Education and awareness key to keeping sport doping free


Education and awareness key to keeping sport doping free

Saturday, February 01, 2020

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We note with interest the recent annual symposium hosted by the Jamaica Anti-Doping Commission (JADCO) at Jamaica Conference Centre in Kingston.

A report appearing in this newspaper said 90 people who provide support for athletes at various levels attended the educational symposium which carried the theme 'Protecting clean sport, moving forward together'.

Those in attendance are said to have included members of sporting associations and federations, professional groups, school principals, coaches, and sport administrators.

There were presentations on the functions and responsibilities of JADCO and the doping control process. There was, it seems, considerable focus on the role of support personnel in helping athletes to avoid ingesting banned/prohibited substances.

This newspaper believes such initiatives deserve unconditional applause.

We have said previously that while drug testing rules require athletes to take responsibility for whatever enters their bodies, the very young, including minors (under 18 years old) and those who simply do not pay enough attention could fall afoul of doping rules, without proper guidance from those closest to them.

Further, it is a matter of record, that on occasions, support personnel have themselves fallen down because of an absence of rigour, inclusive of inadequate attention to detail and failure to apply proper procedure.

In that respect, Chairman of JADCO Mr Alexander Williams makes the point that “Some of the most important stakeholders in the business of sport include athlete support personnel such as parents, teachers, and coaches.”

Said he: “Coaches, you are very influential and we cannot truly reach the athletes without your support. Teachers, as you mould young minds you can encourage them to play fair and make ethical decisions. Parents, you also have a crucial role to play and that is why we continue to host workshops with parent-teacher associations within the secondary schools to provide you with vital information on anti-doping to share with your children.”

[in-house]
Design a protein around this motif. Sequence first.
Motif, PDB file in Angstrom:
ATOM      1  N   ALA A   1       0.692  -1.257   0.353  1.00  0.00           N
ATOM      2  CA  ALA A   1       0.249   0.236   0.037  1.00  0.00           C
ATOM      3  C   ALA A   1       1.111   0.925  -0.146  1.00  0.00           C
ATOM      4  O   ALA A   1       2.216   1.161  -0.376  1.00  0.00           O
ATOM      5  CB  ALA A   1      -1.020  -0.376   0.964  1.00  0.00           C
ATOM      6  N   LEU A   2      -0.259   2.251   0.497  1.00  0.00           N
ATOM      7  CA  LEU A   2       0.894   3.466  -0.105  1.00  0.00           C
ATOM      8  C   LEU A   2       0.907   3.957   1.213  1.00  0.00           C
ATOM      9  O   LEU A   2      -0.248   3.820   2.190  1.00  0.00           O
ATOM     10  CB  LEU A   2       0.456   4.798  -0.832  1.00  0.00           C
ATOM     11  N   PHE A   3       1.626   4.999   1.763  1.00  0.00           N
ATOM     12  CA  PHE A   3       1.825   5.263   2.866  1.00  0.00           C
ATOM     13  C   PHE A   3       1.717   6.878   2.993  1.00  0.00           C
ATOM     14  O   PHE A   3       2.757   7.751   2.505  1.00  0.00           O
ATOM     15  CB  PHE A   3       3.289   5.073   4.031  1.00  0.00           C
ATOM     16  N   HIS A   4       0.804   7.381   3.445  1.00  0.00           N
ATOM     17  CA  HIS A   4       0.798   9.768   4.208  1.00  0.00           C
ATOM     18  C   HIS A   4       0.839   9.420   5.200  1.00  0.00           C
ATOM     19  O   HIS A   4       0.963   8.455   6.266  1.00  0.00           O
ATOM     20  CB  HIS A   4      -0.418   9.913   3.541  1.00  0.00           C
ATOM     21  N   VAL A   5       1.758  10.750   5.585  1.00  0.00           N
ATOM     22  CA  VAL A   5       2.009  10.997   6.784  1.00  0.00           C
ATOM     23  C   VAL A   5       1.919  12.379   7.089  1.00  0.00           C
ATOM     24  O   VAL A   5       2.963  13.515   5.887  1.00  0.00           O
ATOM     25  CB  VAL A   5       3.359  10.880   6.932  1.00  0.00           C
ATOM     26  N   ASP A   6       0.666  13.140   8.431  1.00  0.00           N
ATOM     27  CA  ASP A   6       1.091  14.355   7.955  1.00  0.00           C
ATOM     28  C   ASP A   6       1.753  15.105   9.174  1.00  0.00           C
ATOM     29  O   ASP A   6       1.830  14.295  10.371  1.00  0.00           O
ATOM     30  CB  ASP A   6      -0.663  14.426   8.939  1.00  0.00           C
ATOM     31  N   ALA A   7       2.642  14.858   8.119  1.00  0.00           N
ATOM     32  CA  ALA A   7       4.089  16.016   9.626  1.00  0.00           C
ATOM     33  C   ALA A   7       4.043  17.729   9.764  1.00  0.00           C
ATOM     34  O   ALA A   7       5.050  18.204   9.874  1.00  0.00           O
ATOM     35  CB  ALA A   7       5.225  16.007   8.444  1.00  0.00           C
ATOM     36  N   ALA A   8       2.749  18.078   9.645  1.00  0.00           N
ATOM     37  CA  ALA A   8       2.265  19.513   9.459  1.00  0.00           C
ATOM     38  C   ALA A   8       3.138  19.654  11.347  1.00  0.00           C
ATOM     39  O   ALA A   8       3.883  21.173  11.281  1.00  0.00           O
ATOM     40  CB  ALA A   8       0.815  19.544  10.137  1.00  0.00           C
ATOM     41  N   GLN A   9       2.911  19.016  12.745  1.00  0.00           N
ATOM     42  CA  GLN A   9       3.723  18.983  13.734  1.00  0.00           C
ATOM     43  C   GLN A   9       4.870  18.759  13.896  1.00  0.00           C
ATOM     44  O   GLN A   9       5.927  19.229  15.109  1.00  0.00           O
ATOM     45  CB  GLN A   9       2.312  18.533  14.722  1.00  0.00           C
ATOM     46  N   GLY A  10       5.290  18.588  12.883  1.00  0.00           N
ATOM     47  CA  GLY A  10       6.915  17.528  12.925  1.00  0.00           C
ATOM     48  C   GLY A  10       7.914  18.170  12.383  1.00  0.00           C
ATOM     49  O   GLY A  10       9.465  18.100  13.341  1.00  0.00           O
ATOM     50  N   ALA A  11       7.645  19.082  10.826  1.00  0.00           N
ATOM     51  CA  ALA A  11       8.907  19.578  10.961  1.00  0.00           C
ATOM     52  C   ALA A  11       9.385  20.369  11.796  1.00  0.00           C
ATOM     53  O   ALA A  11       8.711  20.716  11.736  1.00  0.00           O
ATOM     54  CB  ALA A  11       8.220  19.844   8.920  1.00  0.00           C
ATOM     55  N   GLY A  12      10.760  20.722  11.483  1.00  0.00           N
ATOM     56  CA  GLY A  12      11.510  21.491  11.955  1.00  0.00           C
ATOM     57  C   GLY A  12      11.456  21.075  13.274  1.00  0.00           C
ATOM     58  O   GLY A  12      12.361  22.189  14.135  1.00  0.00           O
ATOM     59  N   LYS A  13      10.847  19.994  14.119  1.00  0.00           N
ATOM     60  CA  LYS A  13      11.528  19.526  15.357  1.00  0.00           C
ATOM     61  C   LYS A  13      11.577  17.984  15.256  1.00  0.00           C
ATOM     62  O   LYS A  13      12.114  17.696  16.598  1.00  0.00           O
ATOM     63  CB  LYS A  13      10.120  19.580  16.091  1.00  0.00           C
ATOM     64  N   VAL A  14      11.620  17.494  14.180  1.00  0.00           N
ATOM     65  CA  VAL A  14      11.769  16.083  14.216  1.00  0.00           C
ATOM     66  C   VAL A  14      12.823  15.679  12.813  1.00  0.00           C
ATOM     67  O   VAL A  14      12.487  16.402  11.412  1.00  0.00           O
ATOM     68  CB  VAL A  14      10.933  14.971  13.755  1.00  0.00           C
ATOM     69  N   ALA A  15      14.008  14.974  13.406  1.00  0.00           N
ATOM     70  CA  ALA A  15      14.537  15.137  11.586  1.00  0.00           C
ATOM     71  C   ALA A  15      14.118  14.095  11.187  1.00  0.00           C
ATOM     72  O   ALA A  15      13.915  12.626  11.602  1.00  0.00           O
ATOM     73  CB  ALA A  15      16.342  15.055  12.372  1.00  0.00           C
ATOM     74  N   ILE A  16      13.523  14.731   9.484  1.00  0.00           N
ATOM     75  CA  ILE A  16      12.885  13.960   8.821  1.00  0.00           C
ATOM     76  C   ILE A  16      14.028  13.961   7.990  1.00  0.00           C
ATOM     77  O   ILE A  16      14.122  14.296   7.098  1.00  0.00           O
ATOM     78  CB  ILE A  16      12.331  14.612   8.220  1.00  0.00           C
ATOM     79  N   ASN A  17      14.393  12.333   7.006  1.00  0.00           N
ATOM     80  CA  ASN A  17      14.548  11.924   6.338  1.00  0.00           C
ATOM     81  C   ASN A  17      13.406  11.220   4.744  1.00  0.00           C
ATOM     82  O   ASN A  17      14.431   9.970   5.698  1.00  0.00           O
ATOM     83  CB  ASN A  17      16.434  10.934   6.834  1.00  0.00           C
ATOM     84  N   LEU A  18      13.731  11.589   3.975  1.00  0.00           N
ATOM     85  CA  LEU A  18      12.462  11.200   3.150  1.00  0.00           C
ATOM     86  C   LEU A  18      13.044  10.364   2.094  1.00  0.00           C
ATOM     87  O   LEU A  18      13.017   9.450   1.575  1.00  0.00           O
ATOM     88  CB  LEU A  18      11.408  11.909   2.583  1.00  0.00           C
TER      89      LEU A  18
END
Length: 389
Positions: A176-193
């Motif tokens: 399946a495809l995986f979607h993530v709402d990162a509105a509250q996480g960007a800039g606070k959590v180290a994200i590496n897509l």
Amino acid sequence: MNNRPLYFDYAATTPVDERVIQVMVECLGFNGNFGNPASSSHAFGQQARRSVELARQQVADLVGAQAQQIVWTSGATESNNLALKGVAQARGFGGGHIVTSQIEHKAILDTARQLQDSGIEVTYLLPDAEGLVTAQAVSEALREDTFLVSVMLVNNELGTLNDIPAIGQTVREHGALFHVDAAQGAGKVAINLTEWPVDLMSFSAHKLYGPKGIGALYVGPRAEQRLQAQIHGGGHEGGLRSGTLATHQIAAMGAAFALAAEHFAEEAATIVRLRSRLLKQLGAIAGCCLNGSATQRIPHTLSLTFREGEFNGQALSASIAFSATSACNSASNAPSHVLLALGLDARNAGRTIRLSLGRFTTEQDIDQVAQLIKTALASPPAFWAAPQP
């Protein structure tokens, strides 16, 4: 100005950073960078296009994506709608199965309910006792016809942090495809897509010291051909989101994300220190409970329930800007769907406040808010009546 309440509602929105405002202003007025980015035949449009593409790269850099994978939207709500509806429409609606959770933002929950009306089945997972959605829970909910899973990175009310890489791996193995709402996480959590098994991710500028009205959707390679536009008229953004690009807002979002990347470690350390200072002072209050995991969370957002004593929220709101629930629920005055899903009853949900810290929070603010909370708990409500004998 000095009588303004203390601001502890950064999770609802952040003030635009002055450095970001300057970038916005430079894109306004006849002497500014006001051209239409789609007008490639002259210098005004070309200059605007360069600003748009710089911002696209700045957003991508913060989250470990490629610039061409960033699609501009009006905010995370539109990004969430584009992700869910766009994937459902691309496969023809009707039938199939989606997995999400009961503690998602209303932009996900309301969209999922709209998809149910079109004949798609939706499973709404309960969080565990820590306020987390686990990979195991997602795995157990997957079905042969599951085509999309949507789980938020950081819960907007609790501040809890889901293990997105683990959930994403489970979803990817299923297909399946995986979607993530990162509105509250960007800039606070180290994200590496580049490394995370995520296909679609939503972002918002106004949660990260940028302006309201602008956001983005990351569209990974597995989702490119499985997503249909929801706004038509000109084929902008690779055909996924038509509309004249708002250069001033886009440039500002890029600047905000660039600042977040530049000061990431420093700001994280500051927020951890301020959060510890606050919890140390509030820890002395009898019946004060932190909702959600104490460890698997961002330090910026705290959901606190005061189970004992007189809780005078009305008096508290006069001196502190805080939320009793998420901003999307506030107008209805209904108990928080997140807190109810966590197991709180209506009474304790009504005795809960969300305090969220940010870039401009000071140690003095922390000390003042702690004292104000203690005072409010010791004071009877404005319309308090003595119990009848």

Indeed, Minister of Sport Ms Olivia Grange extends responsibility even further. Says she: “Protecting clean sport is not JADCO's job, it is the prerogative of everyone who is involved in sport, even those who are only interested in the entertainment value that sports creates…”

And it is very important for all — athletes as well as support personnel — to recognise that they must never become complacent but should stay in touch with developments.

There is always something new to learn as Mr Howard Bell of the Jamaica Football Federation and Ms Beverly Baugh of the Badminton Association made clear.

Education and awareness must be the way to go not just for JADCO but, all sporting associations.

All should recognise that even with a multiplicity of targeted and more general educational/awareness programmes for athletes, their support staff, relatives, et al, there is always the possibility that something will go wrong; that someone will ingest a prohibited or banned substance for whatever reason.

That's life.

But if there is a determined, co-ordinated effort to prevent such incidents, they will be kept to a minimum.

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